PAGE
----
Wednesday, 13 August 2014

Book promotion: is it working for you?

So how was it for you?  Promoting your last book? Marketing can be a bit of a mystery sometimes.  Especially when it comes to books.  As I may have mentioned before, one of my early titles outsells all the others several times over.  I've never promoted this book. If I knew why it sells more I could bottle the formula and use it again.  Unfortunately I've never figured it out, so I can't.

What works and what doesn't? Let's look at social media first.  Namely, Facebook. 

Likes and shares do not equal sales! 

Social Media is often hailed as a book selling tool, but it has its limitations.  One of my charity e-books, Coming Home, has lovely reviews, and every now and then, the Cats Protection, who I donate all my royalties to, give the book a shout on their Facebook page.  Each time they do, it always boosts sales and reviews, which is great, because that's more income for cats in need.  This month, their Facebook post about my book has so far garnered 1132 likes and 145 shares.  Fantastic!  Now, for anyone out there who thinks they can solely rely on Facebook to sell books, think again!  I've sold an extra 25 copies of Coming Home from this exposure.  Likes and shares do not equal sales!  Based on this example, there is roughly one sale per 6 shares, and around 2 sales per 100 likes.  It's worth doing the sums. 

"Old skool" techniques

In order to promote my other darlings, I've tried "old skool" (as I believe it may be called now - god, I'm getting old!) techniques, such as paid advertising space in an actual printed magazine.  Since I write books that are aimed at children and teens who love ponies, I chose the best selling UK magazine aimed at this market - PONY magazine.  It's perfect in so many ways, and in my excitement at trialling some promotion, I pre-booked not one, but 4 advertorials spanning from Easter 2014 to February 2015.  With such a targeted readership so closely aligned to my own target market, how could it fail?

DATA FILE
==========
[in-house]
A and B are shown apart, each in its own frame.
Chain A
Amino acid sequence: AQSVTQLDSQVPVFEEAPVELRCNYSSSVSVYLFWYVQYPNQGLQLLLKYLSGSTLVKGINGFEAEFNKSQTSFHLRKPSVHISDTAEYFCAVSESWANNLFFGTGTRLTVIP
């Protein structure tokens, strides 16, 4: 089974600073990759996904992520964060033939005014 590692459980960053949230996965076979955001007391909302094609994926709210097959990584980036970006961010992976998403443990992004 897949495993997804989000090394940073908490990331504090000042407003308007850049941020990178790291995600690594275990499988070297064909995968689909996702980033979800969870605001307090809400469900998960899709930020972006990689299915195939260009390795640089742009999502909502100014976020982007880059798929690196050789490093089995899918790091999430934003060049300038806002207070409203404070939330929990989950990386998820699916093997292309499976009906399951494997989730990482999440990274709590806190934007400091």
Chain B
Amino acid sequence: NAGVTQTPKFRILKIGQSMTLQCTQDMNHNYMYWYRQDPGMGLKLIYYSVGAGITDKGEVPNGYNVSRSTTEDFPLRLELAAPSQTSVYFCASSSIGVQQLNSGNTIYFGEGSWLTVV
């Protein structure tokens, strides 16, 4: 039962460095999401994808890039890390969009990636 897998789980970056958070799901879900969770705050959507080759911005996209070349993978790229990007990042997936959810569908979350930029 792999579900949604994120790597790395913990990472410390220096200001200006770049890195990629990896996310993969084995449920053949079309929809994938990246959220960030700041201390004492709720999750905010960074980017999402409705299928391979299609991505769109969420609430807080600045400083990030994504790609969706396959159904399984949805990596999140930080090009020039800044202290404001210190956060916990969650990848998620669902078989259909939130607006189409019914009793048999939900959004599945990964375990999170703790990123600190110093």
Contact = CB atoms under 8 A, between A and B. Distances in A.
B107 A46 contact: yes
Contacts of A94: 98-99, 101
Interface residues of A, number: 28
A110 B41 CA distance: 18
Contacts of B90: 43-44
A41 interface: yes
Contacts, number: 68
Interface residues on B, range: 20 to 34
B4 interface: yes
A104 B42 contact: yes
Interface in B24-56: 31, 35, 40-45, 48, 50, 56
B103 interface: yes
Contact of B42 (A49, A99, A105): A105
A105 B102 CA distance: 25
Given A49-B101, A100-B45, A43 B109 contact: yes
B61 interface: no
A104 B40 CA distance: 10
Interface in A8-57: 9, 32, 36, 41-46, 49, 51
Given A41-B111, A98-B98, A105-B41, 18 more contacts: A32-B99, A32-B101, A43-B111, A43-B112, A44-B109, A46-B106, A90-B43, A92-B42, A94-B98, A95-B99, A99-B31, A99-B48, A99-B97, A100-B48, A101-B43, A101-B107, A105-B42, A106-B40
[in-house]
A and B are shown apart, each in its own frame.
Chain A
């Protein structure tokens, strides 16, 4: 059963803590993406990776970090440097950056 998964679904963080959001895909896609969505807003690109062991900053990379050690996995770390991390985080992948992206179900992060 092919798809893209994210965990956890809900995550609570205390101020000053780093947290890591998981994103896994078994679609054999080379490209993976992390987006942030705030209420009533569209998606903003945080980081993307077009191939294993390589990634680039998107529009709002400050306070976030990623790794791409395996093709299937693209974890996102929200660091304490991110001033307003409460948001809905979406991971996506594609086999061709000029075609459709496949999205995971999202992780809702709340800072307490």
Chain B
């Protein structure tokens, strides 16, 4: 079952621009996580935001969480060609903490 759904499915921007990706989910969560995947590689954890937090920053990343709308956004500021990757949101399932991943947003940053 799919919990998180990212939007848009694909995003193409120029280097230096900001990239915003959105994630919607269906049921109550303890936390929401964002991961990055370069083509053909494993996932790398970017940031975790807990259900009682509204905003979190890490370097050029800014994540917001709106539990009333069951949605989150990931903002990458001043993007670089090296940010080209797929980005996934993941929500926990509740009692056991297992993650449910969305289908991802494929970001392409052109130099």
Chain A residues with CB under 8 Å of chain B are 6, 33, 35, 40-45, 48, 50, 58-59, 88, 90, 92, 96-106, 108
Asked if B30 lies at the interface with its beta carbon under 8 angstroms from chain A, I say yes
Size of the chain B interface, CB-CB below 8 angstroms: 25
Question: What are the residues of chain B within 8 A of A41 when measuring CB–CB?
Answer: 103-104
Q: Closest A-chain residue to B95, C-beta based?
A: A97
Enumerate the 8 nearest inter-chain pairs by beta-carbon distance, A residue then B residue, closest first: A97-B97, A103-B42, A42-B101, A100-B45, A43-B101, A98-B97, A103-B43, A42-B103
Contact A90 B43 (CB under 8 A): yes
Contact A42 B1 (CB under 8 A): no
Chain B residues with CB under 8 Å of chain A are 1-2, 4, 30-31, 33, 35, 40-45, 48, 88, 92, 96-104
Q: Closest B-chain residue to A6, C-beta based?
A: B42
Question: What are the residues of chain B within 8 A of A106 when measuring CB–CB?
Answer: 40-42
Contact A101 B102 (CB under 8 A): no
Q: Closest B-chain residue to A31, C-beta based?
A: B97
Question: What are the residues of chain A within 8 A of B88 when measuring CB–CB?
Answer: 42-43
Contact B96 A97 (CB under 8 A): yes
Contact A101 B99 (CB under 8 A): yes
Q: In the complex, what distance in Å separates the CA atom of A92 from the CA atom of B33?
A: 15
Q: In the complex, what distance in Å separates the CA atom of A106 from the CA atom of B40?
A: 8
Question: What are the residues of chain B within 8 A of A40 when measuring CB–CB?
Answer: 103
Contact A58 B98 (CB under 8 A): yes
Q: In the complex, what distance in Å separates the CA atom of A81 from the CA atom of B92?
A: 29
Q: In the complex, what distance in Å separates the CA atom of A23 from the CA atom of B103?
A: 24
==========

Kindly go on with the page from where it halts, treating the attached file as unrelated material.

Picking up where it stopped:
I've had 2 of my books featured so far.   I knew how many EXTRA books I would have to sell to cover the costs of the ad (a lot!)  So, how did it impact on sales? Disappointingly little.  Of course, the only way to be certain of the impact would be to know how many books would have sold without the ad and there's no way of doing this.  I can just go on what average sales were prior to the ad - although these can vary -  since at least with Amazon, you can track how effective any promo is on a daily basis, which is a really valuable tool.  I'm hoping the ads will be a long term investment to build my visibility with my target audience.  And that anyone who did buy the featured book as a result of the ad will then go on to buy my other titles.  But who knows.....?

Any one else out there using "old skool" methods?  And if so, how was it for you?
Oh, and if anyone has the magic formula for why some books sell better than others (or some foolproof marketing technique for authors), please share it with everyone!  Thanks. 

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  1. A "foolproof marketing technique" - I wish! Many thanks for sharing the sales per share and like data for Facebook. It will definitely help to work out whether its worth paying to promote a post.

  2. Really pleased to have found your blog. I'm gearing up to self-publish my first book and have been thinking lots about the promotional side. What you've said about Facebook makes sense, it's so easy to hit the share button but it clearly doesn't mean much!